Following the release of last week’s report that denounced the EMSB’s “...dysfunctional culture” and “...lack of leadership”, Québec Education Minister Jean – François Roberge told the media that he did not rule out “...putting the EMSB under trusteeship.”
Aside from the fact that the report denounces the EMSB’s weak leadership, the report goes on to cite how the school board’s dysfunctional environment has been in place for well over a decade after which the board’s leadership “... clearly was divided on political lines rather than concentrating on good governance.”
Following the report’s release just in time for last Friday’s 9 o’clock news, the minister held an emergency press conference during which he told the media that he was determined to do something and that he would be ruling nothing out – including cancelling the board’s authority.
“It’s an overwhelming report,” said the minister who was attending a CAQ caucus meeting in Rivière Du Loup. “I didn’t think the governance problems (at the EMSB) were as big as this...that we had such a high level of dysfunction.”
He also reminded the media that this was the third time government officials had to step in to rectify the board’s affairs following similar charges in 2009 and 2017 when they had to help the board improve both its management and its administrative affairs. Based upon this latest report, Roberge said that the government’s patience is running thin, “... and it’s clear that the status quo cannot be tolerated.” While the report suggests that the minister has a number of options to deal with the situation, he said that that he has not made a final decision as to what he is going to do. When asked about the report’s timing, Roberge said that wasn’t much of a coincidence “... because everybody knew that it was due to come out this week.”
“We’re not playing politics with this issue’” he said. “We’re not going to play politics over the rights of the children to get a decent education.”
Aside from a brief statement that appeared on the board’s website, EMSB Chairman Angela Mancini said that she would have little to say about the government’s report until she had time to review its content.
“First and foremost, we are troubled by the fact that we found out about this report via the media,” wrote Mancini. “We had to ask the media for a copy.”
After telling the public that she has already called a caucus meeting with her council to properly analyse the report, Mancini said that she would have more to say about the issue in a few days’ time.
Following last week’s news about the island’s new property evaluations, owners throughout the city and the rest of the West Island’s demerged suburbs are left to wonder how the new evaluations will affect their tax bill.
“If you’re planning to sell, chances are that you’re going to have a good day,” said Hans Brouillette. “But if you want to keep your property, and have no immediate plans to sell, the new evaluations will definitely affect your tax bill over the next three years.”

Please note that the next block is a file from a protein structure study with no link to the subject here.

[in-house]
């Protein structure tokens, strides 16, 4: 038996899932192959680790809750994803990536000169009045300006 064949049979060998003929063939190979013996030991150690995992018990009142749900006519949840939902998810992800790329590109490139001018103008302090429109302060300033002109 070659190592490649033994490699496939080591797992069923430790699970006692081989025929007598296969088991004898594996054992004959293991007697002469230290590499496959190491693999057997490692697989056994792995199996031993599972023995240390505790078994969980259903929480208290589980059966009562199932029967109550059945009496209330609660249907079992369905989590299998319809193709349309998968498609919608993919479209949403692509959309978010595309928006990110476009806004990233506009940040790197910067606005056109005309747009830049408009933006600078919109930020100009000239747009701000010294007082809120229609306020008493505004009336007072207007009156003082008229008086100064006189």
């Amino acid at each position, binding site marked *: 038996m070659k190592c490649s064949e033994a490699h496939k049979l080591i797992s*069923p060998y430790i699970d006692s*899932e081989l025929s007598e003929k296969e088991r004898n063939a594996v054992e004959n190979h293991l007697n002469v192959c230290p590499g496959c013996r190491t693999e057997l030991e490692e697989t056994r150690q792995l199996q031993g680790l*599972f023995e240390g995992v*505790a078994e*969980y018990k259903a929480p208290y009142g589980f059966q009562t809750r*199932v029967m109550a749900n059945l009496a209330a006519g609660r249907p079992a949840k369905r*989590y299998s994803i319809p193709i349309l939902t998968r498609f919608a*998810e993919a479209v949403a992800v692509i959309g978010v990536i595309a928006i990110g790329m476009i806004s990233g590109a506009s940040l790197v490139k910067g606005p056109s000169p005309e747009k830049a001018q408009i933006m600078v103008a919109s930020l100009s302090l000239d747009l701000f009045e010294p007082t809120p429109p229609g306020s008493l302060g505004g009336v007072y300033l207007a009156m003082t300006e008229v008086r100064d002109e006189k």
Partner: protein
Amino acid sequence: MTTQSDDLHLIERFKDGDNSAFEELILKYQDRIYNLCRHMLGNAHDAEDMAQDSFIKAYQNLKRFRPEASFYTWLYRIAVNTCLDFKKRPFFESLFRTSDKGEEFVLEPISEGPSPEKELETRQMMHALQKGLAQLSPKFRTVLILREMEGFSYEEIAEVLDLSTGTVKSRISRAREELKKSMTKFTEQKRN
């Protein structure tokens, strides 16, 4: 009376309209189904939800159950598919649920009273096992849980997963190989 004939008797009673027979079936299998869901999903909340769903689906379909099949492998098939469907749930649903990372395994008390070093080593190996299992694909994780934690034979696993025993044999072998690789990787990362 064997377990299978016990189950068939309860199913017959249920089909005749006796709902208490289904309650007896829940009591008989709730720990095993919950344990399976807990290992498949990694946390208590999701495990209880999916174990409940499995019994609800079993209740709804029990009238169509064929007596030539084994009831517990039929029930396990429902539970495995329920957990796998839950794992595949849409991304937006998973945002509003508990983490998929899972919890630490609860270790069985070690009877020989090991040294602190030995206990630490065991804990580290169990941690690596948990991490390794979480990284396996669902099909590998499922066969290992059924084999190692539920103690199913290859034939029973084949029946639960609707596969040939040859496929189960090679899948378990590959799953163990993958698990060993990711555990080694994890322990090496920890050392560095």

As the executive director of CORPIQ – the Québec Landlords Corporation – Brouillette said that the recent 13.7% (average) rise in municipal properties — more than the previous triennial 5.9% valuation hike – could indicate that we may be going back to the bad old days when there was nothing unusual about a 20% valuation hike during the early years of the Tremblay administration. Based upon real estate sales data collected over the past three years, the new evaluations will provide an arbitrary value by which the city can adjust both the island’s municipal taxes as well as its school taxes. Based upon the more than 31,000 real estate transactions on the island of Montreal that occurred over the past three years, the new rates will reflect the city’s thriving real estate market that will now affect the value of each and every one of the 488,683 properties located on the island.
As the 20% (19.8% to be exact) hike in property values throughout the Verdun borough (the highest of the boroughs) may reflect the realities of the rising cost of inner-city properties, most of the city’s owners can expect to see their property’s value rise by an average of 14% if not more. While the Plante administration is pleased to see how the new evaluations reflect both the city’s economic health as well as its prospects for the future, Mayor Plante also mentioned that her administration is determined to limit any kind of tax increase within normal rates of inflation.
“It’s not as bad as it sounds,” said Côte St. Luc’s Mayor Mitchell Brownstein.
“We’re not concerned with property values as much as we’re concerned about what the city needs ... and how we’re going to pay for it.”
Brownstein also mentioned that it’s going to be a different story once the new evaluation rates begin to affect the island’s so-called “independent” suburbs – especially when it’s time to pay their newly adjusted “Agglo” bill for all of the city’s usual services.
“With these new rates, there’s no way the suburbs can avoid paying more for their ‘Agglo’ services,” said Brownstein.
While Dorval is in first place with its 27.4% rate hike, rate increases include an added 23.1% for Montreal’s Town of Mount Royal (TMR), another 20.6% for Westmount, and a further 25.9 % for Beaconsfield. Many, including many of the city’s senior homeowners, may be forced to finally sell their homes because people with little more than a fixed pension income will no longer afford to keep their homes because they can no longer afford to pay their taxes.